What I Use: RSS

I encourage people to subscribe to my site via RSS, when mentioning I have a site on the Facebooks and Twitters and similar. This may seem a little archaic (that is so 2008), but honestly RSS is still one of my go-to solutions for finding worthwhile things to read, watch, or experience.

One of the big reasons you don’t really see RSS mentioned anymore (despite folks actually using it often, without realizing it… looking at you, podcasts) is because Google stupidly shut down Google Reader, which was the de facto standard for reading your feeds. That killed a lot of momentum for its use.

While RSS may be limping along, it’s not dead, and a lot of sites actually do have RSS feeds, still — they just aren’t as prominently noted or advertised or linked anywhere.

Of course, even if you do decide to use RSS, there’s still the hurdle of finding an RSS reader you actually like. A lot of folks go with a web-based option (ala Google Reader), so they can read on whatever device they happen to be on. There’s also some pretty nice apps for sale (for instance, NetNewsWire), if you’re so inclined, and a lot of RSS-adjacent apps (like several web browsers, and even Apple Mail) are available as well. Personally, I use Vienna RSS, which is an open source project made for macOS. I’ve tried a bunch of other apps and methods, and this is the one I keep coming back to (there was a gap where development wasn’t really happening much, so I looked around a fair bit, but regular updates are happening again). It’s fairly fast, robust, and seems to handle a ton of feeds well. If you’re looking for a reader, I’d say it’s worth a try.

I recently went through and cleaned up my RSS feeds, getting rid of dead feeds. I just want to say, to all those bloggers who have continued to post after the blogging fad wore off: I salute you, and I’m still reading.

Extracting a Nested JSON Value in Python

First, some context: I’ve been working on some Python libraries at work that do things with sets of json data. This is generally pretty easy: Python has a nice library for reading json, so it can be worked on as a native dictionary object in Python. This is great for simple json objects, but there’s some pretty complex json data sources out there, whether it’s being returned as part of an API, or is stored in a file. Sometimes you need to access a specific value from a key buried a dozen layers deep, and maybe some of those layers are actually arrays of nested json objects inside them.

While both arrays and dictionaries are native to Python, so you can do this, it’s kind of a pain. Thankfully, many smart people have already been tackling things like this, which is how there are now handy libraries implementing a (pseudo-standard) approach for getting the value given a specific json path. (There’s even an online evaluator to help you craft a good jsonpath.) The one I’ve been using is called jsonpath-rw. When I looked at the docs for jsonpath-rw, I was a little frustrated, and I wanted to take a minute to write out my eventual understanding, in case there are other folks in a similar boat to me.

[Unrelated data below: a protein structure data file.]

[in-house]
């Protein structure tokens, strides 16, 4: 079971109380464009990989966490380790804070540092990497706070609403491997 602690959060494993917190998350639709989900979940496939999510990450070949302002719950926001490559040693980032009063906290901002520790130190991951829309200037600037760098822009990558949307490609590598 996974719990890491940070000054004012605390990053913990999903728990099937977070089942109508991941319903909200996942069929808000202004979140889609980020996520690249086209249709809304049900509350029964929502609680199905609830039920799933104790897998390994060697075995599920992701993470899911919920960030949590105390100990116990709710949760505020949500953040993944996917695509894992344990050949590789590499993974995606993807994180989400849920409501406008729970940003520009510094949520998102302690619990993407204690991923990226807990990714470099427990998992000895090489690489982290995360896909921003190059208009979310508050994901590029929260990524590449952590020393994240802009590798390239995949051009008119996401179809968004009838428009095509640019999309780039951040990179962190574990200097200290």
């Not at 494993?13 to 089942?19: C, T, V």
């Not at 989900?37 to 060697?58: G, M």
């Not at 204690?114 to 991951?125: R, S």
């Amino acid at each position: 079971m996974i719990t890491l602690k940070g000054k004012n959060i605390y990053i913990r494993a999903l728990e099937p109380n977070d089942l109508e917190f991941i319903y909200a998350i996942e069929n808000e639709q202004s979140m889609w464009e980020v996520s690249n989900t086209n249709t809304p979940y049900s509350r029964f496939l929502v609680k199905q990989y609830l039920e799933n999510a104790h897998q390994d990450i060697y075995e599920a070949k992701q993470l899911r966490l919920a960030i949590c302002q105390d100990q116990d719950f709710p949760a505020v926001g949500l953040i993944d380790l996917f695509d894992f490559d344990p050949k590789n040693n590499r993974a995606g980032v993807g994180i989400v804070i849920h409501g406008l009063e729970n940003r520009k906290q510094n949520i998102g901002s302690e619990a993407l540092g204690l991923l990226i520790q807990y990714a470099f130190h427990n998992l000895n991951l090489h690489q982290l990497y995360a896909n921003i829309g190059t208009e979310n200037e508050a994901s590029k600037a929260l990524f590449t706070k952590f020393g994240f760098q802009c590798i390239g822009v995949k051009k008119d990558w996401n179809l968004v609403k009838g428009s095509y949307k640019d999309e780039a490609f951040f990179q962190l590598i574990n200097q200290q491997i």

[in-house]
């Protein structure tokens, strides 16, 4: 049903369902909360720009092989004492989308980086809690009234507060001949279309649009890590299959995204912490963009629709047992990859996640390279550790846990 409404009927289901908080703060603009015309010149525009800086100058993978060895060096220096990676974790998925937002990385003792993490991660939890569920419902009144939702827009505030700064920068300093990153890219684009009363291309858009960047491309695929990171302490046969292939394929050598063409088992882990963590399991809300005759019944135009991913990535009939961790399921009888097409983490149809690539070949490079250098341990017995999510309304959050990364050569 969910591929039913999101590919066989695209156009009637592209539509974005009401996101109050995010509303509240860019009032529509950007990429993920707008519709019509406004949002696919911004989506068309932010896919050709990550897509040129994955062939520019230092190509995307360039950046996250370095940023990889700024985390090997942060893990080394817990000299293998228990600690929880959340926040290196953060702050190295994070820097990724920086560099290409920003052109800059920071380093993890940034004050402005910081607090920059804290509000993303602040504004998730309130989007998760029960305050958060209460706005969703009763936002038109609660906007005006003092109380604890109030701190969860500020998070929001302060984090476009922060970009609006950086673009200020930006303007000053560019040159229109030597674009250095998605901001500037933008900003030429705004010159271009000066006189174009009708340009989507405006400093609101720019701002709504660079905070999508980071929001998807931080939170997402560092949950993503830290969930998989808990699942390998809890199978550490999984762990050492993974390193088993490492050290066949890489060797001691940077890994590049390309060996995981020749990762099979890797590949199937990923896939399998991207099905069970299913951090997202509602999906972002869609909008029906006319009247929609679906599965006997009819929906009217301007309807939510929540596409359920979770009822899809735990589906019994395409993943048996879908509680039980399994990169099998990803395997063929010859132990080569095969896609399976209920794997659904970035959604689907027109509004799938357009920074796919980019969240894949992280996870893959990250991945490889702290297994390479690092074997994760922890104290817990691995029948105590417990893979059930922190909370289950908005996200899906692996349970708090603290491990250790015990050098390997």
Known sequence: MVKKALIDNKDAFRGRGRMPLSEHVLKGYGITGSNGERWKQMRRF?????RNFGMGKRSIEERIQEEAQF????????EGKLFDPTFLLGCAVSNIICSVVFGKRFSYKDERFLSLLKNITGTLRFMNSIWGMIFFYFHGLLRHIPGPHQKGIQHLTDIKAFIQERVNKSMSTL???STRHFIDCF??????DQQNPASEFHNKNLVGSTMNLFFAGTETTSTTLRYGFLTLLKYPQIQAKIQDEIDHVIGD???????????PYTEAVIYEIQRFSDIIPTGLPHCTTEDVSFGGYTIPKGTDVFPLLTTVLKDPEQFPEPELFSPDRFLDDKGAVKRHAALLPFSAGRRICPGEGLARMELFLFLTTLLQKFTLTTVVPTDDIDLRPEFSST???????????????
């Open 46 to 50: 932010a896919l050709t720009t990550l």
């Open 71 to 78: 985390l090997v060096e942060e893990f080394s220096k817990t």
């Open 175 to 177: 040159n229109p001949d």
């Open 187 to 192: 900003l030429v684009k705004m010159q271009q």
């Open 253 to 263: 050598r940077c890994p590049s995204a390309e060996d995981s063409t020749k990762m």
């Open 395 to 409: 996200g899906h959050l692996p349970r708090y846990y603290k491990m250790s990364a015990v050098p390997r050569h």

Note: I’m not primarily a programmer (currently I’m a Technical Writer, and prior to that I was a QA Engineer — mostly exploratory, not automation), so while my example works, there’s probably more robust and pythonic ways to do the same thing. Continue reading “Extracting a Nested JSON Value in Python”

Link: Permanent Redirect

Found via Kottke.org, a simple but clever bit of internet art created by Donald Hanson: the URL to the destination page moves each time it’s viewed, so you end up with a trail of “301 – Permanent Redirect” pages (301 is an HTTP status code, something a server sends when a page has been permanently moved to a new address).

Check out the start here: Permanent Redirect.

Link: Careful Now

Chris Coyler over at CSS-Tricks has a worthwhile response to the “Chrome is the new IE6” article I linked to earlier.

Even more concerning than browser-specific websites is seeing browsers ship non-standardized features just because they want them, not behind any vendor prefix or flag. There was a time when web developers would have got out the pitchforks if a browser was doing this, but I sense some complacency seeping in.

These days, the vibe is more centered around complaining about other browsers lack of support for things. For example, one browser ships something, we see one green dot in caniuse, and we lambast the other browsers to catch up. Instead, we might ask, was it a good idea to ship that feature yet?

Link: How to Fix Facebook

Over at Washington Monthly, Roger McNamee discusses How to Fix Facebook – Before It Fixes Us. It’s a good read, and while I may not agree with all of his suggestions, there’s some very astute observations in there: